Had it with the in-laws for Thanksgiving? Missed the Hastert CODEL to Japan and Australia? Not to worry. There are two more congressional delegations preparing to take off for Africa in the next week or so.

House Democratic leader Richard A. Gephardt (Mo.) is setting off Saturday morning with Reps. Amo Houghton (R-N.Y.), John Lewis (D-Ga.), Donald M. Payne (D-N.J.), William J. Jefferson (D-La.), Michael N. Castle (R-Del.), Jay Dickey (R-Ark.), Jennifer Dunn (R-Wash.), Sue W. Kelly (R-N.Y.), Carolyn Cheeks Kilpatrick (D-Mich.) and Gregory Meeks (D-N.Y.).

Spouses--some kids--and staff will be along on what looks to be a wonderful journey to Nigeria, Zimbabwe and South Africa. Gephardt's "media advisory" says there will be lots of meetings with leaders and visits to AIDS clinics and such. Do NOT be deterred. Sign up now. There will be visits to one game park (a day at Hwange National Park) and other fine touring (Victoria Falls) and shopping opportunities on this 11-day trip.

For those who can wait a week, there's a spectacular trip--a true Loop Five-Star--put together by Rep. Richard W. Pombo (R-Calif.) specifically to tour some of the most beautiful game parks in Africa. The travel list fluctuates, but it appears that Pombo and 10 others, including Reps. Calvin M. Dooley (D-Calif.), John T. Doolittle (R-Calif.) James V. Hansen (R-Utah), Neil Abercrombie (D-Hawaii), Helen Chenoweth-Hage (R-Idaho), Collin C. Peterson (D-Minn.), and Frank Lucas (R-Okla.) have been looking to go, sources say. Some may drop off; others may hop on.

The first stop after takeoff from Andrews AFB on Dec. 11 is magnificent Kruger National Park in South Africa, according to a tentative schedule. Pombo and pals, along with spouses, a half-dozen aides and military escorts, to help with logistics, handle bags and such, will then board buses for a tour through the park, arriving at the lodge at 6 p.m.

Not to tarry because it's off for a night "game drive" through the park before returning to the lodge for dinner and a well-deserved night's sleep.

No doubt there'll be lots of big game to see on the early morning game drive on Monday. Then it's back to the lodge for breakfast and then a tour of the park. At 11 a.m., there's time for "shopping," which we'll assume must be a code word for high-level talks with South African officials. Noon to 4 p.m. is "Lunch and Rest" time to get ready for the 4 p.m. game drive, in time to get back for the 6:30 reception and dinner.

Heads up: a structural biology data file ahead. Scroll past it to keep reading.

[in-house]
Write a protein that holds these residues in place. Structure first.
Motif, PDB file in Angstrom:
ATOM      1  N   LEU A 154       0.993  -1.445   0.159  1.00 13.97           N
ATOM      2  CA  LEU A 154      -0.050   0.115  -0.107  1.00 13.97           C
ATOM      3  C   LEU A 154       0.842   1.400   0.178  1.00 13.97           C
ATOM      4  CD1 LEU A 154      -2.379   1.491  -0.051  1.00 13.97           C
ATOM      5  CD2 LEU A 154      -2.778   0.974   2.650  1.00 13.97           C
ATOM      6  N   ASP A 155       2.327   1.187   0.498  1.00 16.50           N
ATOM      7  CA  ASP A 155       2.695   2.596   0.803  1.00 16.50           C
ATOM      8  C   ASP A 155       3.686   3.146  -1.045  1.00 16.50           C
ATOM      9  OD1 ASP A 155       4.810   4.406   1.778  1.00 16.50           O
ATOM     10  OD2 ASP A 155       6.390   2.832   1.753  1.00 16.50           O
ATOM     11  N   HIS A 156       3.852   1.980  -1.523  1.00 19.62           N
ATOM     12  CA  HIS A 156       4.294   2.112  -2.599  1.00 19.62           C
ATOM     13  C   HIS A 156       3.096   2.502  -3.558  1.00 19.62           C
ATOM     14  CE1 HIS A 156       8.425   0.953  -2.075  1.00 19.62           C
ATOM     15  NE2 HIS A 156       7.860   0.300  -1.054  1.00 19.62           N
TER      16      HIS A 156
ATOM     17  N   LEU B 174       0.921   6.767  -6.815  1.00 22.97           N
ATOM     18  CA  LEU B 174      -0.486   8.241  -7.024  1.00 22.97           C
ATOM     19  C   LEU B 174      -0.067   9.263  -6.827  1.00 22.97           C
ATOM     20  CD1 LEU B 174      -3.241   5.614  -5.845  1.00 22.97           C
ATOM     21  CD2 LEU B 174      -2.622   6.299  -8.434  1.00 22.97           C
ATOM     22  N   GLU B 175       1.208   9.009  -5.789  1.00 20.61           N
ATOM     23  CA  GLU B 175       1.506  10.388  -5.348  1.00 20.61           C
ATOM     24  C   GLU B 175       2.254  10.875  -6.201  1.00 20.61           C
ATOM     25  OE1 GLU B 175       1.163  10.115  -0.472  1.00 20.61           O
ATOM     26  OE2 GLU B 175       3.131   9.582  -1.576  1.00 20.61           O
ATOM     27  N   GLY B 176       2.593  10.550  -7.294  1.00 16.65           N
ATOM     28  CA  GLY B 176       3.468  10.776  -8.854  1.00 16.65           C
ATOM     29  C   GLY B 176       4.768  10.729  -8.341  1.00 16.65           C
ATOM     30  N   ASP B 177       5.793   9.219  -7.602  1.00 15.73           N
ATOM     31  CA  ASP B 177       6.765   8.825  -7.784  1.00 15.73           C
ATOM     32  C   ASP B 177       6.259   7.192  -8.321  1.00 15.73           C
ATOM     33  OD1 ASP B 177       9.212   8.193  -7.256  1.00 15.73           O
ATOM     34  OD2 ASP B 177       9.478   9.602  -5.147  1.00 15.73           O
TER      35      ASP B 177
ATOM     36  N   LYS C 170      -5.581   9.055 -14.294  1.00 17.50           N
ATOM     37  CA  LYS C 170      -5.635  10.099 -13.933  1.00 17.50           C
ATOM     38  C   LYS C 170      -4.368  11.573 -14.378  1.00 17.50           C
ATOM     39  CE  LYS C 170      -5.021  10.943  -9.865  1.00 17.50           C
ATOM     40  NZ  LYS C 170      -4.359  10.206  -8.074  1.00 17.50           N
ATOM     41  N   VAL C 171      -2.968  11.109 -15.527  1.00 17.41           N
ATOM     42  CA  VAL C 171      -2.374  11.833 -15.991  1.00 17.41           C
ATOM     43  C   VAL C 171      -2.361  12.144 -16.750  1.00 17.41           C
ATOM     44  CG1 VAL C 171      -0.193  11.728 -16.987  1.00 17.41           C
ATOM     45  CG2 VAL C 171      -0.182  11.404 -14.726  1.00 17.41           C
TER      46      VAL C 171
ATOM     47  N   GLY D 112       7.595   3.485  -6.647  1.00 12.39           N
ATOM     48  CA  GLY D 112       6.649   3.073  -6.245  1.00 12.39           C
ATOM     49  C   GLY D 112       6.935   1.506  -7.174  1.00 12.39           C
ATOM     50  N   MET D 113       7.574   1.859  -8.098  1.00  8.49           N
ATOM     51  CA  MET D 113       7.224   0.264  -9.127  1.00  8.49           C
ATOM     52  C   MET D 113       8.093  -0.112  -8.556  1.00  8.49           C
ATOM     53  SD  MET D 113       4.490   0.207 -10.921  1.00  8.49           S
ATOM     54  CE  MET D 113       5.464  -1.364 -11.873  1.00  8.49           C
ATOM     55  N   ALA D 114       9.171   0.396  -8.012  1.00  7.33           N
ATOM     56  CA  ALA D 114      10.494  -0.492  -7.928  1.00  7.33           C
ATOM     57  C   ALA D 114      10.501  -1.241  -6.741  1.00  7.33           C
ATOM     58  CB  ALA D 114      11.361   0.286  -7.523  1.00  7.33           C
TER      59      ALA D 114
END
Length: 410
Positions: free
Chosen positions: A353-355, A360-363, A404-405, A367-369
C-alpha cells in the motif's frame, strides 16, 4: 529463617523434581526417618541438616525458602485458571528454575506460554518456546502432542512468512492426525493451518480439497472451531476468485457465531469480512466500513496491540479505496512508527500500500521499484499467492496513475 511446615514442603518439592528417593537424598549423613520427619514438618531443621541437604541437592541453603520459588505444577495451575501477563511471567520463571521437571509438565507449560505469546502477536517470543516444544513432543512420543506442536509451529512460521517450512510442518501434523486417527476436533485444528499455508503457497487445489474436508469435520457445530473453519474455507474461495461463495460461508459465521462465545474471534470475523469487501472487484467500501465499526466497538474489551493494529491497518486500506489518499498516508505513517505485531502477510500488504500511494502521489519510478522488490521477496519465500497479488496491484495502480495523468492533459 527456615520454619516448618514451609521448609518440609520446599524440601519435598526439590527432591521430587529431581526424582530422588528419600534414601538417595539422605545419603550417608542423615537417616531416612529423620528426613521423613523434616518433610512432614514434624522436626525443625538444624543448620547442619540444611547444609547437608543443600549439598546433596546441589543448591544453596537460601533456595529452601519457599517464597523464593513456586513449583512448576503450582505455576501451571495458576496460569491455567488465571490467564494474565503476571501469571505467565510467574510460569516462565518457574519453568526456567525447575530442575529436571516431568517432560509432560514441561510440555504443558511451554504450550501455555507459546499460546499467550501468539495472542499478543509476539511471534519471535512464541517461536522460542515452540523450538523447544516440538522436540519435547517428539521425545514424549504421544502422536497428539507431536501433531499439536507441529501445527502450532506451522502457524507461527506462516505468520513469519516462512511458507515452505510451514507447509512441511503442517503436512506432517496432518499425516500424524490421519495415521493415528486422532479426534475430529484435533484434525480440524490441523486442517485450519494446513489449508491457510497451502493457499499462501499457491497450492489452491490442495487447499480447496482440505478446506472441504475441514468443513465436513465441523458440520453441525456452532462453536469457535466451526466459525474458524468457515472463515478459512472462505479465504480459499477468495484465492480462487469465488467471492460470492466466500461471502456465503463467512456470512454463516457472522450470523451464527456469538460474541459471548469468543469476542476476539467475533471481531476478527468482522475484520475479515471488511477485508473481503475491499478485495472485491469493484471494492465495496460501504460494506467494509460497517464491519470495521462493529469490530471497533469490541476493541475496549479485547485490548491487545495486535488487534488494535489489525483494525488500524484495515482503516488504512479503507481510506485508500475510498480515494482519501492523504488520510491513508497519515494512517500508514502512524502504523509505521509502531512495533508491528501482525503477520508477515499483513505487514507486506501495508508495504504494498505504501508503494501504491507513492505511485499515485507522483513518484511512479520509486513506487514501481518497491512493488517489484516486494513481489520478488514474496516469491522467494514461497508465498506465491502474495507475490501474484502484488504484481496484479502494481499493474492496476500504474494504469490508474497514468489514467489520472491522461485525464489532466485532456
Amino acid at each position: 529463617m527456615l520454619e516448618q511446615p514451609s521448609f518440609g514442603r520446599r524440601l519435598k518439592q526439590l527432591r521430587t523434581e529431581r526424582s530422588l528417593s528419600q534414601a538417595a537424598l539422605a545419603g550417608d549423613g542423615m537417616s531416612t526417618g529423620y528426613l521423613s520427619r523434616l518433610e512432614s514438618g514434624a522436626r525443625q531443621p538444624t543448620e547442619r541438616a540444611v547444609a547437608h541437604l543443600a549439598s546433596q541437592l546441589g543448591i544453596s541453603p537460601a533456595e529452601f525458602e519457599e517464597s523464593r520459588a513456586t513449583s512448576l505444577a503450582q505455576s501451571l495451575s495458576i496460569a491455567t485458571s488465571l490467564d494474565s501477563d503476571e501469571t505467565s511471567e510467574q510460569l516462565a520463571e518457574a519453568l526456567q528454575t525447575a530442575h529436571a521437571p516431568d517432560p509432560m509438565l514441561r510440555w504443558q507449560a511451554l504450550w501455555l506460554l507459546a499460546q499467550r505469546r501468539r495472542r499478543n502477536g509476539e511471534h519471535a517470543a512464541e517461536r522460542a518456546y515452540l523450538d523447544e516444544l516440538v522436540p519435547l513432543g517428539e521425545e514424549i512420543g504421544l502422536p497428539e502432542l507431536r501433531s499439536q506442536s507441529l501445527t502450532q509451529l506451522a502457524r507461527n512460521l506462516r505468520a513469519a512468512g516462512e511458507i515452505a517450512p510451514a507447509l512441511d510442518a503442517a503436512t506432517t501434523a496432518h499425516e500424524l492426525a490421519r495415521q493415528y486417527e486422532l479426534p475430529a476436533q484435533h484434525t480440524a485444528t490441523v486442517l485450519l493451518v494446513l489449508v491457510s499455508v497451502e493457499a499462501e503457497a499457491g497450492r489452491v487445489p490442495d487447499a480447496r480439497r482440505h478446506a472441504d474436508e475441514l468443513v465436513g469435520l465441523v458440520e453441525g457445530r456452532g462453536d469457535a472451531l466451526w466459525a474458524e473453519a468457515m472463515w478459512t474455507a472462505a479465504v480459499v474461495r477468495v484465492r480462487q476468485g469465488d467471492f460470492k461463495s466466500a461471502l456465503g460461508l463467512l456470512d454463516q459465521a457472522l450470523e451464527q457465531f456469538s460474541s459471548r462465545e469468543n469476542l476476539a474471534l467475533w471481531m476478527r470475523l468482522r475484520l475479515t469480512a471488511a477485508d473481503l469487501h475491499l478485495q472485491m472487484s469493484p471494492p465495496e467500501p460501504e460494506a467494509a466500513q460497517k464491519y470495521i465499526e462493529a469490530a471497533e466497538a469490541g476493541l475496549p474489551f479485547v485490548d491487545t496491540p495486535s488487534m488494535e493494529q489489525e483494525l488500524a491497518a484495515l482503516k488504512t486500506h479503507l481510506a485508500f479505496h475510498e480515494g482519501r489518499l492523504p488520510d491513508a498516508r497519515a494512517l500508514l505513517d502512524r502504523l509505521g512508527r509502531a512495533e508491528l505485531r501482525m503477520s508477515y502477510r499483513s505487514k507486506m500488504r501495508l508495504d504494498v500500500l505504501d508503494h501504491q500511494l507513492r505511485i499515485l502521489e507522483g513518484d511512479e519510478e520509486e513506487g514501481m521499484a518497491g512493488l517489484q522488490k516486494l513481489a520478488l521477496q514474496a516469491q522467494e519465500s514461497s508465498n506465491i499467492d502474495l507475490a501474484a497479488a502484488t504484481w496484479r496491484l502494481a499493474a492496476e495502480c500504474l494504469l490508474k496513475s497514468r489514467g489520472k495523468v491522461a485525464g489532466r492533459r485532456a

Tuesday and Wednesday are Zambia and Zimbabwe days for discussions with officials about "de-mining," and there's a viewing of a conservation program that gets U.S. aid. Arrival Tuesday at Victoria Falls is at 3:45 p.m., just in time for a "walking tour/boat ride" through the falls and then dinner. There's another game drive Wednesday at a national park and a "working dinner" to talk about endangered species.

You'll know it's Thursday when it's off to Botswana and the Chobe Enclave Community Trust for a game drive, chats with some government folks and dinner at the lovely Mowana Lodge in Kasane.

Friday, it's back to South Africa for a return flight home.

There have been rumors of big-game hunting possibilities in private parks and of efforts to arrange for smaller military planes to ferry people about--the military jet can't land at the smaller airports at those parks--but nothing confirmed.

The bus rides are a bit long, the schedule a bit compressed, but no one said being a member of Congress was easy.

Another Dornan in the House?

Great news! Mark Dornan, youngest son of former representative Robert K. Dornan (R-Calif.) and manager of his dad's losing 1996 and 1998 campaigns, says he's moving to retiring California GOP Rep. Ron Packard's district to run for Congress. He says he's like his father. "We're cut from the same cloth," Dornan told the Associated Press, although "I may be a little more tactful." Not too tactful, we hope.

Putting Distance Between Clintons

State Department spokesman James P. Rubin gave a boffo performance yesterday at the briefing on how to distance one member of the Clinton family from another, potentially more troublesome member. "But let me say we do understand that . . . Roger Clinton plans to participate in a charity concert in North Korea," Rubin said. "As a rule, we do not oppose cultural exchanges with North Korea. As far as what he's going to do and not do, I urge you to contact him directly. We have no official connection with this event in any way, shape or form." Music to our ears.

Saying Goodbye to the White House

Lawrence Stein, director of the White House legislative affairs office, is finally making good on his long-standing threat to leave. Stein, who worked for Senate Democratic leader Thomas A. Daschle (S.D.) and then-Sen. James Sasser (D-Tenn.), is leaving to be senior vice president for strategic development at the National Association of Securities Dealers. Also at the White House, Mark Neschis, former director of television news, is a senior vice president at Robinson Lerer & Montgomery in New York.

Commissioner Tristani Will Stay at FCC

Federal Communications Commissioner Gloria Tristani, who has spent the last several weeks contemplating a run for a House seat from her home state, New Mexico, says she has decided not to leave the commission. Her term expires in July 2003.